The current scenario marks a departure from the benign, low-volatility environment of the past decade. The dynamics of rising rates and inflation – and their impact on market behaviour and liquidity – present challenges not experienced in the previous 10–15 years.

How are firms adapting in this high-rate environment?

Thomas Sheedy: In managing market risk amid a higher-rate environment, our focus is on distinguishing between portfolio- and market-driven actions. Invesco dedicates significant effort to understanding the increased volatility in the interest rate environment and its impact on market dynamics. There’s a recognition that relying solely on models for market risk prediction is risky, given the frequent correlation breaks observed over the past two decades. We approach tracking errors cautiously, considering the environment, stressors and potential rapid shifts in market conditions. Understanding how the market can swiftly influence risk profiles is crucial, given the unpredictability and speed with which risks can change in today’s dynamic environment.

Julien Cuisinier: In a high-rate environment, the risk of tail events is higher, necessitating a revaluation of market risk analysis. The focus is on understanding how quickly adverse events can occur with increased interest rates.

Cloud-native solutions have become the standard, offering scalability and performance
Luke Armstrong, S&P Global Market Intelligence

Risk teams are examining the impact of higher rates on the profitability of businesses – particularly those heavily indebted. Questions are being raised about financing structures, refinancing capabilities and the ability to pass on increased costs to customers.

They are using differentiated approaches based on asset types. While liquid assets with low turnover strategies may see fewer changes, illiquid assets – such as private equity and infrastructure – face concerns about unrecognised valuation compression due to rate changes. For illiquid assets, there’s a focus on when the market will recognise value compression in the face of rate changes. The lack of frequent valuation cycles may delay the realisation of this impact.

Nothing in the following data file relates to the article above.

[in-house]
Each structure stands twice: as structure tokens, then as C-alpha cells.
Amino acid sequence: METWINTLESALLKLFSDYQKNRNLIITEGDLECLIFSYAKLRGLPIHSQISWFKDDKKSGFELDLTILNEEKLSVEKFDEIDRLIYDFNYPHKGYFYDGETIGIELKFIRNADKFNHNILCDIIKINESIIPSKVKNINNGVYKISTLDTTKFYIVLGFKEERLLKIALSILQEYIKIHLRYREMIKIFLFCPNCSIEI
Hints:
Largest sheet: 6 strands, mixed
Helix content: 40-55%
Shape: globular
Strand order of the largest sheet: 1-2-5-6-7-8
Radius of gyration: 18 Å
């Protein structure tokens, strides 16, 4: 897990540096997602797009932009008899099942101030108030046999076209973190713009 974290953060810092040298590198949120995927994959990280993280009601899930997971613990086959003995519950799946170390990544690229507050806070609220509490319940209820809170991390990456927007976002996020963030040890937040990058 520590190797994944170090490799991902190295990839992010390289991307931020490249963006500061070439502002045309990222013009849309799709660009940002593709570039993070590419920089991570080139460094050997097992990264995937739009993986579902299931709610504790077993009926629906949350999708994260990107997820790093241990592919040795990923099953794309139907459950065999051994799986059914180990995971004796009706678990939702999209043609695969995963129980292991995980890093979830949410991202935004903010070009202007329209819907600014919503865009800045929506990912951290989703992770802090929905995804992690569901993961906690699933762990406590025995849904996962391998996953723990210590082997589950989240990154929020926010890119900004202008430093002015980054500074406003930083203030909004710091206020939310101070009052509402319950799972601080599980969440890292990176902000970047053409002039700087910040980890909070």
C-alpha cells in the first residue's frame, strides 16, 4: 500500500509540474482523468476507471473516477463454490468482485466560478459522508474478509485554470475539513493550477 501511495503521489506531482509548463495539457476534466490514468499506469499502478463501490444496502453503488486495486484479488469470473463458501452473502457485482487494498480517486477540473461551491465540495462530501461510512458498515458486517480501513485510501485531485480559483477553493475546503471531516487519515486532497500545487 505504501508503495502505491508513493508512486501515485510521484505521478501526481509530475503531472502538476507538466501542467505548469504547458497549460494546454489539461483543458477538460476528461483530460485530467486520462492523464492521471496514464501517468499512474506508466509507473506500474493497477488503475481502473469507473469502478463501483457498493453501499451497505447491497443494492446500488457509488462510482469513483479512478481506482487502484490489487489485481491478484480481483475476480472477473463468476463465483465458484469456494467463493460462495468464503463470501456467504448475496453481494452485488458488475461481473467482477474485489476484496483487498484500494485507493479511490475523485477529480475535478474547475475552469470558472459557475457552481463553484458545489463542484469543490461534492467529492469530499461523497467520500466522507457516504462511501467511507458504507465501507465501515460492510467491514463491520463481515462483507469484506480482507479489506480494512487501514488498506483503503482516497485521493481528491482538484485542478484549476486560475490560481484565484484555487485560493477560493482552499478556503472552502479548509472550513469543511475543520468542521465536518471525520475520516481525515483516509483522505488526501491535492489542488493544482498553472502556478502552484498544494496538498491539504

Tailoring risk management processes depends on a fund’s composition. While there may be minimal changes for portfolios with low turnover, high-frequency trading or multistrike hedge funds may require a more real-time risk assessment rather than relying on end-of-day positions.

Luke Armstrong: Risk teams are more integrated into front-office processes, actively challenging and providing different perspectives on risks associated with higher rates, increased volatility and inflation. This ensures all inherent risks in portfolios are identified and communicated to the front office for awareness.

There’s a shift towards a holistic risk management approach that includes market risk, liquidity risk and – to some extent – climate risk. This broader perspective obtains a comprehensive view of risks rather than focusing solely on market risk.

Clients are expressing a heightened need for liquidity, and engagement around liquidity has increased significantly. Accurately modelling liquidity in the current challenging environment is a key concern. The emphasis is on incorporating liquidity considerations into the risk management process.

While there’s a change in approach because of the higher-rate environment and increased volatility, the measures used for market risk remain similar. The key shift is towards greater integration with the front office, ensuring a cohesive risk management process.

To what extent are firms addressing the interaction of market, liquidity and climate risk?

Thomas Sheedy, Invesco
Thomas Sheedy, Invesco

Thomas Sheedy: Bringing market, liquidity and climate risk together involves a shift from isolated exercises to a more integrated approach. The challenge is proving the value of data sources and understanding their contribution to decision-making. Cross-pollinating climate and environmental, social and governance (ESG) data with other risk information is an ongoing journey, and the industry is still in the early stages of demonstrating tangible value outcomes.

The discussion around market liquidity is crucial because of regulatory considerations. While modelling is precise, its accuracy is debatable, especially given its reliance on historical data. The dynamic nature of market shifts requires a holistic approach to incorporating additional information. In summary, integrating market liquidity and climate risk involves navigating complexities – and there’s no easy answer at this stage.